News from the DNR Office of Communications

Governor O’Malley Announces BPW Approval Of Land Acquisition And Recreational Projects In Six Counties

Annapolis, MD – Governor Martin O’Malley today announced Board of Public Works approval of land acquisition and recreational projects in Anne Arundel, Charles, Dorchester, Montgomery, Baltimore and Prince George’s Counties through Program Open Space funding.

“These projects are important for all Marylanders,” said Governor Martin O’Malley. “They ensure that there is a safe, fun recreational facility or open space close to home so families can more easily enjoy the exciting outdoor opportunities in our State.”

Today the Board of Public Works approved funding for the following local-side Program Open Space projects:

  • Anne Arundel County will receive $494,500 for the following acquisition projects:
    • $280,500 to acquire nine acres of land to be part of the Magothy River Greenway and to connect Fort Smallwood State Park to Weinberg Park, located on Fort Smallwood Road in Pasadena, to create a 347-acre waterfront park that will enhance recreational opportunities for local residents and visitors, and
    • $214,000 to acquire .5 acres of waterfront property on the Rhode River to expand the existing Carrs Wharf Park waterfront access area in Edgewater, providing additional parking for fishermen, crabbers and cartop boaters and greatly enhancing the use of this facility for Bay access.

  • Charles County will receive $639,200 to construct a multi-use recreation center in La Plata to serve as a central location for county-wide recreation programs and sports league associations. The facility will include activity areas and classrooms and house the newly merged Parks and Recreation Department to provide county residents easy access to registration opportunities for these programs.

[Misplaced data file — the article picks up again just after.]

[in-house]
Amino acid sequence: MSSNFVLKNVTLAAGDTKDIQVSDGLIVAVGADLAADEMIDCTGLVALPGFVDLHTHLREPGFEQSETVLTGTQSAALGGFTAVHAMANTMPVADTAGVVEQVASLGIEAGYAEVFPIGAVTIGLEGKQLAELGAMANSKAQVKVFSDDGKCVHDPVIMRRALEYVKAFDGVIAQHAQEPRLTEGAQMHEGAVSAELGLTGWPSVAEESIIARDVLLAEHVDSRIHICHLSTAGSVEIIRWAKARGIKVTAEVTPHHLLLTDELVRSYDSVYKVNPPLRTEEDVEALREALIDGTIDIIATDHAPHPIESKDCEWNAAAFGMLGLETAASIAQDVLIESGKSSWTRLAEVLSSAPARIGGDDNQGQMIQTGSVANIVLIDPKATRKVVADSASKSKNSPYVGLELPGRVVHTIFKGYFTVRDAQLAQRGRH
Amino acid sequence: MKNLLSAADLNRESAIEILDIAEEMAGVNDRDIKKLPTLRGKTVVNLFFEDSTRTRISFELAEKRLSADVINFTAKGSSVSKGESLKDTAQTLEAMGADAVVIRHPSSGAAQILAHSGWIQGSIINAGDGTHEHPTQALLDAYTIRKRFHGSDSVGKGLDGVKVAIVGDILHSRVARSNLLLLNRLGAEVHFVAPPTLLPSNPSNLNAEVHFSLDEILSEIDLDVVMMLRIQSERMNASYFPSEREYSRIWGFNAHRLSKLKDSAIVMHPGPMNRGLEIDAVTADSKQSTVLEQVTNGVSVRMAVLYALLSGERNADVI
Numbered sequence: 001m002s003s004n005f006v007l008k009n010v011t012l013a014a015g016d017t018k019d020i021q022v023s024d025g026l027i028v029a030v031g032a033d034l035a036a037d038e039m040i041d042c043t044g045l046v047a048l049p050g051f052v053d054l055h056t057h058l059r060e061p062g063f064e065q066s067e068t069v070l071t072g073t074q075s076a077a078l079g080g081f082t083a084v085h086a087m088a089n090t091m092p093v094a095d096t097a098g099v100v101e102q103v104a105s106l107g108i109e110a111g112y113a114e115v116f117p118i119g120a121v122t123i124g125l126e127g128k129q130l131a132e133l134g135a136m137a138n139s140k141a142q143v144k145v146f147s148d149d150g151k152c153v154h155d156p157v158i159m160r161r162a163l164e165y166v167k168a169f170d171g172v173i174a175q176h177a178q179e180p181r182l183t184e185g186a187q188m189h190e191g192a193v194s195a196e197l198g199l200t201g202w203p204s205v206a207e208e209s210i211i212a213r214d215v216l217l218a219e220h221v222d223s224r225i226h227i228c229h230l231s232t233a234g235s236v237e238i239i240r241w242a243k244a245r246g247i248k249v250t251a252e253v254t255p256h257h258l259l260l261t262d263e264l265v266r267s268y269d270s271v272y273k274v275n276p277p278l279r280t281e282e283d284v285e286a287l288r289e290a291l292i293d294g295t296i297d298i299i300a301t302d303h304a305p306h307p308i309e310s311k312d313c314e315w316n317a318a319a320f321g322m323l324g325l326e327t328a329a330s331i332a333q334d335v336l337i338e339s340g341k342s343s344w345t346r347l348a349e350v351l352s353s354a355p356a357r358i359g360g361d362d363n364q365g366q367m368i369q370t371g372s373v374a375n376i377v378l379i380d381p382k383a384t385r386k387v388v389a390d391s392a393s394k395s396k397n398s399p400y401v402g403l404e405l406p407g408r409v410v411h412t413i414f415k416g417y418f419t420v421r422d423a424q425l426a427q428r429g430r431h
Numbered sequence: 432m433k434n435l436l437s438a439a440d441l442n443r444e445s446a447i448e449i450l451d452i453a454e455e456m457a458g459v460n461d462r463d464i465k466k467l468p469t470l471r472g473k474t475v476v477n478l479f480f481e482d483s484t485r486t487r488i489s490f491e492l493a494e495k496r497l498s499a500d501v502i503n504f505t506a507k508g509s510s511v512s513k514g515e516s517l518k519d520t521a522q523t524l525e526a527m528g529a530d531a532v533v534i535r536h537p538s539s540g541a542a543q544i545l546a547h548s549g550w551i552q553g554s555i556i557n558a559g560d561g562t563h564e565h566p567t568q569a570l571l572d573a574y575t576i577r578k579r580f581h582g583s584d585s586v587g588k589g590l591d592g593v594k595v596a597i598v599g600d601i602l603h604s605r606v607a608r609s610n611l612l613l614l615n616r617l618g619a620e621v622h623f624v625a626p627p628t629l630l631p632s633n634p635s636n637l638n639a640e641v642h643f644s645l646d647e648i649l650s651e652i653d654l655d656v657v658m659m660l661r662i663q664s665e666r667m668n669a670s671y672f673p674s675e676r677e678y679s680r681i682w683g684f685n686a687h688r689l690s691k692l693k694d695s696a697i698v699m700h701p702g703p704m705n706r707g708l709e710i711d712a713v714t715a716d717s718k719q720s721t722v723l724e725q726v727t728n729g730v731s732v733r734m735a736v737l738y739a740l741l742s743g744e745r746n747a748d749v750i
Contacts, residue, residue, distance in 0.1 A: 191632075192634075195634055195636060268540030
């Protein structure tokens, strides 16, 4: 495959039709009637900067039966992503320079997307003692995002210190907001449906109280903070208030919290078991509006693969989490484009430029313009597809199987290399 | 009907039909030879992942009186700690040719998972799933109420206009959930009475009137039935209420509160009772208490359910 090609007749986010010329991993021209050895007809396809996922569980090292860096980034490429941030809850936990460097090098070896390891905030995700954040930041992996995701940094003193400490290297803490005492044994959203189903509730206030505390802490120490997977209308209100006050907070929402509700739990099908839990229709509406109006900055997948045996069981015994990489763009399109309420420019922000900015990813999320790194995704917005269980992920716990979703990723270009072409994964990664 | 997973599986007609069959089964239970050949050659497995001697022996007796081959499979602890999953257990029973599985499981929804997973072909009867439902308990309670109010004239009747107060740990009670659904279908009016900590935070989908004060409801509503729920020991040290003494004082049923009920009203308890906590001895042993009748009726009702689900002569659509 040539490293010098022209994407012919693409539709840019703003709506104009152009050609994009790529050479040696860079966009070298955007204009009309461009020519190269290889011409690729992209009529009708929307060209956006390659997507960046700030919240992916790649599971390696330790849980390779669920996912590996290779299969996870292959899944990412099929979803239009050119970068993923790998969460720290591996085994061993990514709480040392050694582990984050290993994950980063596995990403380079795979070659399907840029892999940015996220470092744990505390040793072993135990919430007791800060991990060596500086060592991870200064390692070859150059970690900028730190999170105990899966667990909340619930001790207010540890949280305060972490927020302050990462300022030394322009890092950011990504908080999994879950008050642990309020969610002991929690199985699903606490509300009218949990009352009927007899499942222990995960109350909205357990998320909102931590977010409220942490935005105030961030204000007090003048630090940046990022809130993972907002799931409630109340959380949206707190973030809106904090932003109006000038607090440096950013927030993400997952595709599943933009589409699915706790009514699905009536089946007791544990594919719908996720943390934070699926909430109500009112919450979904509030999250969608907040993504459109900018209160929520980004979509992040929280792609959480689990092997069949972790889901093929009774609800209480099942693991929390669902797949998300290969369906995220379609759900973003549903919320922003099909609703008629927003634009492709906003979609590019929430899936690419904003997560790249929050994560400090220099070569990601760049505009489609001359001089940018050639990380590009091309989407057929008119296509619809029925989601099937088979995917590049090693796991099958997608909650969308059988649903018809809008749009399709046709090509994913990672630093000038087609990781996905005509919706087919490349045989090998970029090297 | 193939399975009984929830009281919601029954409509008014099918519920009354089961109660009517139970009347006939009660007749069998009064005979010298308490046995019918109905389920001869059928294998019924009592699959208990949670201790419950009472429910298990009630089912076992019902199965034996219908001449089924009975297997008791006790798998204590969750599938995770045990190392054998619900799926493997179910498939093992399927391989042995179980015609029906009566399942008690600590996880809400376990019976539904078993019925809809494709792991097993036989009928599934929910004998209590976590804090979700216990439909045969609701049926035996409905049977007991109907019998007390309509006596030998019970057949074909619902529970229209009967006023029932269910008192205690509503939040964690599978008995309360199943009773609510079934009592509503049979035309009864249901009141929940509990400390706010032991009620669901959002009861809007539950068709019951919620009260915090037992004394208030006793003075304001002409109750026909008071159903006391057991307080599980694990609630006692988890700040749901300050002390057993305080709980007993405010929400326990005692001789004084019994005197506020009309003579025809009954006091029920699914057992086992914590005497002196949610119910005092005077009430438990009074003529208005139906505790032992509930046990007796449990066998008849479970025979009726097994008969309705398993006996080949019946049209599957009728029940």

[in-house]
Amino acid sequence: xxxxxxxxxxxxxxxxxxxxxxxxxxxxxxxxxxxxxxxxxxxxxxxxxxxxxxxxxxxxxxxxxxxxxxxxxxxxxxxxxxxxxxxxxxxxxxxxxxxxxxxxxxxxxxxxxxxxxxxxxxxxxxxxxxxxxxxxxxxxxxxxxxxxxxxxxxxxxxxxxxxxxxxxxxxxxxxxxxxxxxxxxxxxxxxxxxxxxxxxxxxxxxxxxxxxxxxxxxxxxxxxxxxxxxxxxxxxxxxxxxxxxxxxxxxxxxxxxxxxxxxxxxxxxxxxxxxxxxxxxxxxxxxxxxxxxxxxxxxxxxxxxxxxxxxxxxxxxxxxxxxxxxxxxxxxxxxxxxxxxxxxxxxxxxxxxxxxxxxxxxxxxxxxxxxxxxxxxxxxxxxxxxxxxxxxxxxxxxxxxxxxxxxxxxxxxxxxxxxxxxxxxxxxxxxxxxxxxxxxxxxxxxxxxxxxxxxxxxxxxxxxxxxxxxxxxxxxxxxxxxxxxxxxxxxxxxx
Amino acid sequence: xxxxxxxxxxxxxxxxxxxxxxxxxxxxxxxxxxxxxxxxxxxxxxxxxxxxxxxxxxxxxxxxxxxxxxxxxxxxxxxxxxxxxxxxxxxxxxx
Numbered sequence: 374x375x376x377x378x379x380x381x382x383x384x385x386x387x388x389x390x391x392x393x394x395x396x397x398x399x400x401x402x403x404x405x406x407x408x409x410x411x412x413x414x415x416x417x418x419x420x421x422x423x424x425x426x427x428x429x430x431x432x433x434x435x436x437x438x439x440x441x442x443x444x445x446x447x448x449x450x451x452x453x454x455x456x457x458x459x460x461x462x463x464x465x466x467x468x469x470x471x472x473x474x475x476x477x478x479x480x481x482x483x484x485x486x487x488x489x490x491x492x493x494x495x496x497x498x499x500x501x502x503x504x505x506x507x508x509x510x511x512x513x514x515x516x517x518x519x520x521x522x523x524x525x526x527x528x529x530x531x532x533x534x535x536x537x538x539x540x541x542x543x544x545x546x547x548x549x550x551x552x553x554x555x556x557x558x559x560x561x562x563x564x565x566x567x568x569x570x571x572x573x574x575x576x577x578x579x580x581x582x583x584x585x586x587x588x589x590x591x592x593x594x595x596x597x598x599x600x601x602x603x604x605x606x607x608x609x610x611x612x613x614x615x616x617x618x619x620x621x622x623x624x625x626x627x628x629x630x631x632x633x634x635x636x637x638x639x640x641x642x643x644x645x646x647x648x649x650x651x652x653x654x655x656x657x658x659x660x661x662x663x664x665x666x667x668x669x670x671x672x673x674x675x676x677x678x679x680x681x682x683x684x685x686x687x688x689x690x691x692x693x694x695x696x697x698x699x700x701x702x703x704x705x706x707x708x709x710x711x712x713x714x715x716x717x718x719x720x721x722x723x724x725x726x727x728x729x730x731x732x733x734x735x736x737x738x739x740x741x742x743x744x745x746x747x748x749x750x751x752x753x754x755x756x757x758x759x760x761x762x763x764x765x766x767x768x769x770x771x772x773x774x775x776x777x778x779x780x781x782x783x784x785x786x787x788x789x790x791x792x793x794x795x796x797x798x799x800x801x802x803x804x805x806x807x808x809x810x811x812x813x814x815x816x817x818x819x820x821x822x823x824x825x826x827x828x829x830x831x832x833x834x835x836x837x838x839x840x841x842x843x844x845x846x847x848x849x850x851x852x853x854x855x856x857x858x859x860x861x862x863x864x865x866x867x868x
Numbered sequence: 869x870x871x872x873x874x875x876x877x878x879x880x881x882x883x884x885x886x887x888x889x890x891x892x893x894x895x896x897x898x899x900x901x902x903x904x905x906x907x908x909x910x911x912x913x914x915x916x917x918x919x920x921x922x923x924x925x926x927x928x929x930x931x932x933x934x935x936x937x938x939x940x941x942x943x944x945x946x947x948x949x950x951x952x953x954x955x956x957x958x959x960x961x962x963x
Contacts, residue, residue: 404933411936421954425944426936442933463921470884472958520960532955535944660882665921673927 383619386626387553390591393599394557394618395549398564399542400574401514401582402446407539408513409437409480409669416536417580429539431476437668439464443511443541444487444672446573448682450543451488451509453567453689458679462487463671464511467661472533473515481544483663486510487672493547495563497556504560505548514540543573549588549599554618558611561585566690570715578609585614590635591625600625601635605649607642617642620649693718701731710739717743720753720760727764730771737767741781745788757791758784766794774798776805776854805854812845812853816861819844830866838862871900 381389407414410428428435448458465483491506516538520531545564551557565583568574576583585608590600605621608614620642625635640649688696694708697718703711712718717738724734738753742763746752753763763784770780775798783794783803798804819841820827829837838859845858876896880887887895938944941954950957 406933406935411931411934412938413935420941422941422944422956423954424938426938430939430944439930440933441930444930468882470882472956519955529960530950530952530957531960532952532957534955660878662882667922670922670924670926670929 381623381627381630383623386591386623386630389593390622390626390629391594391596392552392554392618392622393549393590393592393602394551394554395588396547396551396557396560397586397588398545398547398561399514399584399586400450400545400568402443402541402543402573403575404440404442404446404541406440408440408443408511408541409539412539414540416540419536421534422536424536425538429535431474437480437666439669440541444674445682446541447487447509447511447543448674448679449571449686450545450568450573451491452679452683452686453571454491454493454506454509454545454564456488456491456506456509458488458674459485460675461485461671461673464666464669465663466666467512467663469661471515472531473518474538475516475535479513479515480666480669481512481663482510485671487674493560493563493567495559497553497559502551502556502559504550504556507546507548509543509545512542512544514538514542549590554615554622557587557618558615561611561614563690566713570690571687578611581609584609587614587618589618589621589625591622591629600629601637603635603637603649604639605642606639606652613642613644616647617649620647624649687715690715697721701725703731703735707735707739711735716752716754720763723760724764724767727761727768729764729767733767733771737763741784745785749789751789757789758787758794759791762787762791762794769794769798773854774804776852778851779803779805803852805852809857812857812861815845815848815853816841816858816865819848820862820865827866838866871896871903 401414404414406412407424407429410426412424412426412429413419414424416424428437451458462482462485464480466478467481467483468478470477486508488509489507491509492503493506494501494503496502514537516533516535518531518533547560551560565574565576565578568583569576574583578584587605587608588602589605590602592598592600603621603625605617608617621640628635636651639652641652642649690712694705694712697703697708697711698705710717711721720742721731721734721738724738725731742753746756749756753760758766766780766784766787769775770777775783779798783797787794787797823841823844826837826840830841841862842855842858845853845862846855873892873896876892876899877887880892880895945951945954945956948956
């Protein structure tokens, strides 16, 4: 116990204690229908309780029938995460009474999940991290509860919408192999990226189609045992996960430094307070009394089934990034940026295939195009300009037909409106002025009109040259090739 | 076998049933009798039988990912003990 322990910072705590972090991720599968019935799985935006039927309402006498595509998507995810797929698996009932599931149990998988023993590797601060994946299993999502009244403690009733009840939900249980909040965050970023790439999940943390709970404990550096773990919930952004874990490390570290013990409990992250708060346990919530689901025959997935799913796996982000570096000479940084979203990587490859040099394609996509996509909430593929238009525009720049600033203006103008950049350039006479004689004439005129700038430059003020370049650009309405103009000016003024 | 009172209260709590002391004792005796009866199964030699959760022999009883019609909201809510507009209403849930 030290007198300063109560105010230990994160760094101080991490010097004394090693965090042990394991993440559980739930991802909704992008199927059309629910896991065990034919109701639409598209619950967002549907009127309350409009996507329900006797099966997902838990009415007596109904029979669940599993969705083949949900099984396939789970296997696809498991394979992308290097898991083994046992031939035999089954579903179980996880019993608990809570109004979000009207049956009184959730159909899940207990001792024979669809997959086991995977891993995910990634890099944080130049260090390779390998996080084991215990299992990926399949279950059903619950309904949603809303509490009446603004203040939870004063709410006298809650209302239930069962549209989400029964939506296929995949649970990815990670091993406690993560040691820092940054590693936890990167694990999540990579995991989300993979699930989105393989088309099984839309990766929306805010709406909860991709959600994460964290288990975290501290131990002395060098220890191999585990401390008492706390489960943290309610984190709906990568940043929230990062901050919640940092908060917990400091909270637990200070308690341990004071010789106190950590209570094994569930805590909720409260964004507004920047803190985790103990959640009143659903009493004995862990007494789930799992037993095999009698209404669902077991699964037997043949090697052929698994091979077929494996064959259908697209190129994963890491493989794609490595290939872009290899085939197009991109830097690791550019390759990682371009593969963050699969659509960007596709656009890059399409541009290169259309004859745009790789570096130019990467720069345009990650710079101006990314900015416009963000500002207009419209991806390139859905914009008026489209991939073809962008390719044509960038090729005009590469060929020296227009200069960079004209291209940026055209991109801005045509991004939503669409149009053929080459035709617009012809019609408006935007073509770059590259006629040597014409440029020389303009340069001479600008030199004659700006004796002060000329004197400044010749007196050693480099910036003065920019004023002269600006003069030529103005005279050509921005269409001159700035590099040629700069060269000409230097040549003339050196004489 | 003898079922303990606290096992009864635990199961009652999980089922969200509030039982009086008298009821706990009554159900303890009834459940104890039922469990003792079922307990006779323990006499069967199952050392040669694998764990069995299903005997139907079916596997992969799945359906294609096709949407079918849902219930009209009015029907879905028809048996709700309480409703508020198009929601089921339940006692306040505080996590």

• Dorchester County will receive $63,000 to prepare a park master plan for the 10-acre Christ Rock Park in Cambridge and begin development of planned park renovations, which is expected to include upgraded parking, a football/lacrosse field, and other multi-use areas.

  • Montgomery County will receive:
    • $36,000 for park improvements at Cambria Park in the Town of Garrett Park, including the construction of a new pedestrian walkway through the park, improved park drainage and expansion of the ball field through site grading and seeding of approximately one-fourth of an acre.

    • $1.3 million to acquire 17,561 feet (0.4 acre) of land as an addition to the existing Fenton Street Urban Park located in Silver Spring, which is currently used as passive open space but ultimately will develop recreational facilities such as rock climbing walls, fitness facilities, a skate park and other facilities that will be determined through a planning process which will include public participation,

    • $300,000 for the City of Rockville to add two fitness rooms to the existing Rockville Swim Center – one 1,500 sq.ft. meeting room and classroom and a fully equipped 2,500 sq. ft. fitness center – as well as new bathroom facilities, storage space and a reconfigured reception and lobby area